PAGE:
February 26, 2024


Often in the Stampin' Up! catalogs, there are exquisite lush Designer Series Papers. While gorgeous in their own right, you can make them even gorgeous-er (!) by adding a dash of color.

The card I share with you today is just such a case. To the design on the paper, a paper with a luscious metallic sheen, I added color with Stampin' Blends. Because some of the lines were quite delicate, I needed to use the smaller end of the pens and take a great deal of time.

For my card, I used Stampin' Blends in Dark Tahitian Tide, Dark Parakeet Party and Light Call Me Clover. 

The design on the paper was raised just the slightest bit, almost as if it were gently embossed. Placed at an angle in the sunshine, you can almost "see" the dimension of the design. 

I wanted to add a background with some pop to it, so opted for this leafy embossing folder with Tahitian Tide cardstock. The colored piece was matted with Parakeet Party cardstock.

Once again, as so often happens, the colored design was just so pretty that I didn't want to cover up just too much of its charm. So I opted for a delicate white diecut sentiment, added to a strip of Parakeet Party (how appropriate for a BIRTHDAY: Parakeet PARTY) and popped it up over the lower portion with a few Stampin' Dimensionals.

And how about you? When you get your hands on a luscious piece of paper, do you use it as is, try to fancy it up with color, or add it to your stash where it will while away the rest of its life, unused and unappreciated?



February 14, 2024


 Just wanted to wish you all a beautiful Valentine's Day!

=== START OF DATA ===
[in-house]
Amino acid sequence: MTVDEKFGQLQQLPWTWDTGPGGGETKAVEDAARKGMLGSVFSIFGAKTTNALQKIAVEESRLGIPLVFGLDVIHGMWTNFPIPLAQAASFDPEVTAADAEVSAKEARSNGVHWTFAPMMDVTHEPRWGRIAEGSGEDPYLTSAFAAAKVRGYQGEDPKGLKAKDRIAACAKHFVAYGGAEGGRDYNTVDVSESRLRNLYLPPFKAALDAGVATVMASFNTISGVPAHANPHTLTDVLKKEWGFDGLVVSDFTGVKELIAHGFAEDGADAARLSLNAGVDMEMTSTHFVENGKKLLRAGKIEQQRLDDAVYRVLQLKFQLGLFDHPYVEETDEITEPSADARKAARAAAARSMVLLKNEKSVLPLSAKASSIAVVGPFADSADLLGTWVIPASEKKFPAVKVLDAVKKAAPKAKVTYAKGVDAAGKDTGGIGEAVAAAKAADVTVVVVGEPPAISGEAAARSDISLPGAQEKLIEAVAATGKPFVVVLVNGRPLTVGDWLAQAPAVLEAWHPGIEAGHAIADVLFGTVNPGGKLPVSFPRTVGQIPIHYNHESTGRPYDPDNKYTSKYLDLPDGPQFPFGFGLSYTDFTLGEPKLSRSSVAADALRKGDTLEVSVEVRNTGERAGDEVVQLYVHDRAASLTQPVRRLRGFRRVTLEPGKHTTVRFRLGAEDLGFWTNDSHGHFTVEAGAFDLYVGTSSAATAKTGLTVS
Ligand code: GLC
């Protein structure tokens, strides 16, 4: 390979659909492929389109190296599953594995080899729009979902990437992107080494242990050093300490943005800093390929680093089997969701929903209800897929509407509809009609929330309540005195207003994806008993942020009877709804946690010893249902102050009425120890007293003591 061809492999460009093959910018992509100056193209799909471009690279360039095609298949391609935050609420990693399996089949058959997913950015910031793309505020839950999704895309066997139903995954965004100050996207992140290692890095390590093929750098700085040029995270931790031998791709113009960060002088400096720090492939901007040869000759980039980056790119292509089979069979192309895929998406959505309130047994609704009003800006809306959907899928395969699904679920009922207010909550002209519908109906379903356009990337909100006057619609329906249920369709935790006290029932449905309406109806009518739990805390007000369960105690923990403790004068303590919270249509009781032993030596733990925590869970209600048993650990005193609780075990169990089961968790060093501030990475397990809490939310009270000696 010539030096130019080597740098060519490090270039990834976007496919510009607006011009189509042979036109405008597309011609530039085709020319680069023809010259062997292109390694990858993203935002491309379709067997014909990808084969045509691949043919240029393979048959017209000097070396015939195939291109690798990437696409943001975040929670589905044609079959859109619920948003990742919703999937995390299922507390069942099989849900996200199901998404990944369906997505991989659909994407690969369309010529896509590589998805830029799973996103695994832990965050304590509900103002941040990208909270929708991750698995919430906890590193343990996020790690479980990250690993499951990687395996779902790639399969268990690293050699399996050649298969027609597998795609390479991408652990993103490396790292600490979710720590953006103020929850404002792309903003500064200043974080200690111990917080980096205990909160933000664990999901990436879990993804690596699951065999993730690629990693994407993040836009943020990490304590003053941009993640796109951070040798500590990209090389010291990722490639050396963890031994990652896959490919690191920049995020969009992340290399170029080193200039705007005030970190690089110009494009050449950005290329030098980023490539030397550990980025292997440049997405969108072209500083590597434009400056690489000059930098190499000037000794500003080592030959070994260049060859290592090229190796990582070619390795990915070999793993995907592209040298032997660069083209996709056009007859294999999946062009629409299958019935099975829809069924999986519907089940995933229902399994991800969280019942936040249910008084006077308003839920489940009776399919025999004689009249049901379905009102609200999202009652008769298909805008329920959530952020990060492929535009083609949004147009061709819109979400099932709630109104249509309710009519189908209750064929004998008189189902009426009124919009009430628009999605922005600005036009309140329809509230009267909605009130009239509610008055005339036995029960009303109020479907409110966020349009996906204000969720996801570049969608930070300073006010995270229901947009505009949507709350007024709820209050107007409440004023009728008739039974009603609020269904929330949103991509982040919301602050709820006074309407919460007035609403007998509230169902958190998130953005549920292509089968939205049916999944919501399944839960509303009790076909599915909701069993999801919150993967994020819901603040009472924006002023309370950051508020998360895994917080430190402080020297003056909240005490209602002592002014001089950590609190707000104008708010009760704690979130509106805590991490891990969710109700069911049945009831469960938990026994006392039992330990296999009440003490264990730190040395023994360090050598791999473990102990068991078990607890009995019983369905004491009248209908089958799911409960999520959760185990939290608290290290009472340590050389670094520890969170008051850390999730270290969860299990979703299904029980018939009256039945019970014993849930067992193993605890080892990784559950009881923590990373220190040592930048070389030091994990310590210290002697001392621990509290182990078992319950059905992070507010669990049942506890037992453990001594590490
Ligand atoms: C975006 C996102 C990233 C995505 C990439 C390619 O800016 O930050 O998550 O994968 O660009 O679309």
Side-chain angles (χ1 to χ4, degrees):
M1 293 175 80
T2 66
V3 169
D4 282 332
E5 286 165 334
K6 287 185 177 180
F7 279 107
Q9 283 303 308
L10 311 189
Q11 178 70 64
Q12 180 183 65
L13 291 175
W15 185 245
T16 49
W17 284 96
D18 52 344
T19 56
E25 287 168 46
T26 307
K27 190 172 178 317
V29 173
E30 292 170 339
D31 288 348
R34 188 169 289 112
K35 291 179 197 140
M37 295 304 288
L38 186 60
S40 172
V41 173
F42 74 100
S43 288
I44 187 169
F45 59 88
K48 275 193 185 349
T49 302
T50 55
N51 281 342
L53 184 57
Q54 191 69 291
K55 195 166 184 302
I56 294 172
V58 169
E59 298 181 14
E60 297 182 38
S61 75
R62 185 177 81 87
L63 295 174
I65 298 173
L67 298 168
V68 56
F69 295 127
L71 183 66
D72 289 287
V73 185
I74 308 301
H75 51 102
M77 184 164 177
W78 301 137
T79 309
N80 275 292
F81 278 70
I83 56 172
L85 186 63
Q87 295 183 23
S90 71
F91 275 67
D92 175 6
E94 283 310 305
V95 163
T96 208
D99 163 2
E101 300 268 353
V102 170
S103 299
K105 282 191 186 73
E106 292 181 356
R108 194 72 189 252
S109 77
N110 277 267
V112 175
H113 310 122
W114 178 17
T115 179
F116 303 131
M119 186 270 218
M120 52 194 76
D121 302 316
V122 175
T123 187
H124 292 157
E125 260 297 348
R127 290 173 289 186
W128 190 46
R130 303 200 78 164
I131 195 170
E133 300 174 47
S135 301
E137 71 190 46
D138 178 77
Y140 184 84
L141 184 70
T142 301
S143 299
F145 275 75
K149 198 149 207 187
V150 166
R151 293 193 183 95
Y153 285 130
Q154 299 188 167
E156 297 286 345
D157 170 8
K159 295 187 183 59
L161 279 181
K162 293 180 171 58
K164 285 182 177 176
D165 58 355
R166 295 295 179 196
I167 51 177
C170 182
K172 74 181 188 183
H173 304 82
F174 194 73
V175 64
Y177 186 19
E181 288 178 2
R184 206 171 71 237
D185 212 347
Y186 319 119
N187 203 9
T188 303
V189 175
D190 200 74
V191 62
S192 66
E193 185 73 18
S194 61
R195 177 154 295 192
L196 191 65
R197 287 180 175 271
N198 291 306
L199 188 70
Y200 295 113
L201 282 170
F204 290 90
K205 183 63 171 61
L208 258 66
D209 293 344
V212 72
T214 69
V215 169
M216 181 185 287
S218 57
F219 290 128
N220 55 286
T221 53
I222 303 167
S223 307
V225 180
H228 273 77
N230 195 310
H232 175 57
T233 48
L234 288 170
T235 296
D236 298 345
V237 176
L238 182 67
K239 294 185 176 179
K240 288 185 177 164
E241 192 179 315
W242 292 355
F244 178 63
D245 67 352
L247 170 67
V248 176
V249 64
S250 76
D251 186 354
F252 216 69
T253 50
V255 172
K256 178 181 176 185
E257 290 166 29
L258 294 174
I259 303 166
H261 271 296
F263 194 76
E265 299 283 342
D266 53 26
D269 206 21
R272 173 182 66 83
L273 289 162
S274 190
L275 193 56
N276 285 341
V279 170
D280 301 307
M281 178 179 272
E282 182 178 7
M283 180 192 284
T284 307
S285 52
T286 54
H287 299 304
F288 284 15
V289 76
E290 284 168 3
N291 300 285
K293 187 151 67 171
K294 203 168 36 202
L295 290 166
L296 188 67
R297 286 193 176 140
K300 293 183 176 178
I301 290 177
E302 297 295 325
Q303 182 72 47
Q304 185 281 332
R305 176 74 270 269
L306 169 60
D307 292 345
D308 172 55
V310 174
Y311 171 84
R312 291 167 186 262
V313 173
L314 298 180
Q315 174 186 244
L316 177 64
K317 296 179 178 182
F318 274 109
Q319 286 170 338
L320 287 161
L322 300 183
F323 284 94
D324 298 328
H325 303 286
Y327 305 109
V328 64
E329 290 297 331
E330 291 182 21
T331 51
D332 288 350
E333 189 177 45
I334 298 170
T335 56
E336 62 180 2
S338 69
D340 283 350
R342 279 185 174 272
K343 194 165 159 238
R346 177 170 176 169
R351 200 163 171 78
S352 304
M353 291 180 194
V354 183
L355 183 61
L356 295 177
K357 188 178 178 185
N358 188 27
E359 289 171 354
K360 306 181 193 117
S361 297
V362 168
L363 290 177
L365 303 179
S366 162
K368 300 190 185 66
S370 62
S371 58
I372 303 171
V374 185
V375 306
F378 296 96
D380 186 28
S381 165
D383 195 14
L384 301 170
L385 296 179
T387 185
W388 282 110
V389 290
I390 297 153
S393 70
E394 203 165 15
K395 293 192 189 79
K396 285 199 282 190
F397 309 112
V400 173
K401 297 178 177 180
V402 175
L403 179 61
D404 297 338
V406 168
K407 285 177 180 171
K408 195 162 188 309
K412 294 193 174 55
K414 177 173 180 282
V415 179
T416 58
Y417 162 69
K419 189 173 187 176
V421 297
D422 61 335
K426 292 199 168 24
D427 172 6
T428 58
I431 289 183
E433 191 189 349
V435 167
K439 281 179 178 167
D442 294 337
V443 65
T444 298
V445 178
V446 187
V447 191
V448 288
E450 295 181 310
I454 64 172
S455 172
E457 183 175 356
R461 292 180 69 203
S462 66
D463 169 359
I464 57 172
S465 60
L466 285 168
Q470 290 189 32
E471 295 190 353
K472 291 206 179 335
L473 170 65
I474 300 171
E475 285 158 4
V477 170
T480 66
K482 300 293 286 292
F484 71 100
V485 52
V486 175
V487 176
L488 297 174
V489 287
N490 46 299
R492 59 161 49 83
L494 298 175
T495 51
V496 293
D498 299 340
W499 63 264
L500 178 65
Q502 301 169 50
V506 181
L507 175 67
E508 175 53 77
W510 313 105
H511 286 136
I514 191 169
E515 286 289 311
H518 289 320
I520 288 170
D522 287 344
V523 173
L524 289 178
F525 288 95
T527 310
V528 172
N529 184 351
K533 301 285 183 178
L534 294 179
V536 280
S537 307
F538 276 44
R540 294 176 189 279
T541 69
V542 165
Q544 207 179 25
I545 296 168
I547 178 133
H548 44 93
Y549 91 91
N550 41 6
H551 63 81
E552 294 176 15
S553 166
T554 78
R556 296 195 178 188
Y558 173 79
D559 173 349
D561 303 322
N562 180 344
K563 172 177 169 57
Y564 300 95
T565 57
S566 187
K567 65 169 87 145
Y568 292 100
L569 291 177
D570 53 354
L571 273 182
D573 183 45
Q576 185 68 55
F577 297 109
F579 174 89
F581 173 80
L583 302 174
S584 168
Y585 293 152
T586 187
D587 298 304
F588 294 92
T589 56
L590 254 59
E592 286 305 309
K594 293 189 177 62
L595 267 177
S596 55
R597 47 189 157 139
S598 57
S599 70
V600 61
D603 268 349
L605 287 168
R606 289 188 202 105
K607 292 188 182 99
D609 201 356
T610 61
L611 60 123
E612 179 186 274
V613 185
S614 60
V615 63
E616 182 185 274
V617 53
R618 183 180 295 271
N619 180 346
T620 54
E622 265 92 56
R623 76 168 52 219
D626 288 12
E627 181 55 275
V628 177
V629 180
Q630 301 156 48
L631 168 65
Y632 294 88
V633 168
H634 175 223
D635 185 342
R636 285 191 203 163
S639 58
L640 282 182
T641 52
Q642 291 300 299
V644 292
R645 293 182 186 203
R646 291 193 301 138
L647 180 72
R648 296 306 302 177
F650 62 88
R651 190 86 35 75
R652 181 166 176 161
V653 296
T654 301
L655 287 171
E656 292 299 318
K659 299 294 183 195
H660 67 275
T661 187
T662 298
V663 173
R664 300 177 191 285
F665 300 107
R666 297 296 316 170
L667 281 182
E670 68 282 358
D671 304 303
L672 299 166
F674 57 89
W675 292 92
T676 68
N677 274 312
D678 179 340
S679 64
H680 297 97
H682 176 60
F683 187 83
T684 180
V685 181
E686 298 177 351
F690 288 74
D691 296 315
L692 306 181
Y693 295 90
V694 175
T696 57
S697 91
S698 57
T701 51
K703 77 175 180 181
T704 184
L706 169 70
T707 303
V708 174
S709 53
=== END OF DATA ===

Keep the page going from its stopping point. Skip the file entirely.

February 3, 2024


There are ever so many reasons to love Japanese culture. One of the aspects that is especially appealing to me is that of kintsugi, the art of repair. 

Kintsugi is a lovely tradition of restoring broken pottery rather than simply throwing it out in the trash. The pottery is brought back to a whole new -- even more valuable -- life by putting the piece back together using lacquer mixed with powdered gold, silver or platinum, thus celebrating the history of the piece by making it even more worthy, rather than treating it as something that needs disguise or disposal.

This act of restoration is a metaphor for embracing any flaws or imperfections in ourselves and our lives. It also teaches us that life, along with all its roadblocks and unpredictability, is never irretrievable and, through care and time, life can be pieced back together to become even more beautiful and celebrated. The fragility of life and self is then celebrated and embraced instead of mourned.

Below is an example of Kintsugi: Isn't it lovely?

Although the art of kintsugi is usually applied toward the repair of pottery, I thought it could be interesting to try to achieve this effect through papercrafting. My attempt at paper kintsugi is shown below:

I chose a piece of Designer Series Paper that I thought looked somewhat pottery-like and went to work, first destroying it, and then repairing it, making it even more beautiful than it originally was.

Tearing the 4" x 5 1/4" piece of DSP into four distinct sections, I proceeded to repair it by putting it back together onto a 4 1/4" x 5 1/4" card base. The unsightly "cracks", i.e., tears, needed to be fixed in a hurry. 

I added adhesive over the tears, then added the papercrafter's "gold", leafing flakes. It was a messy process, and frustrating, the act of brushing off and beautifying the gold flakes, but I think it turned out quite well, achieving what I'd hoped to before I started. 

A person wouldn't necessarily need to do the tearing. You could just go ahead with a solid piece of your chosen DSP, add "cracklike" adhesive, then covering the "cracks" with the leafing flakes. But, then, you wouldn't be following the reasoning behind the beautiful art of kintsugi, that of repairing something that is broken, since it wasn't even broken in the first place. 

Once my kintsugi was completed, and my DSP was even more beautiful than when I started, I turned my masterpiece into a card by adding a die cut greeting and a few spots of bling.

Kintsugi symbolizes how we must incorporate our wounds into who we are, rather than try to merely repair and forget them.
David Wong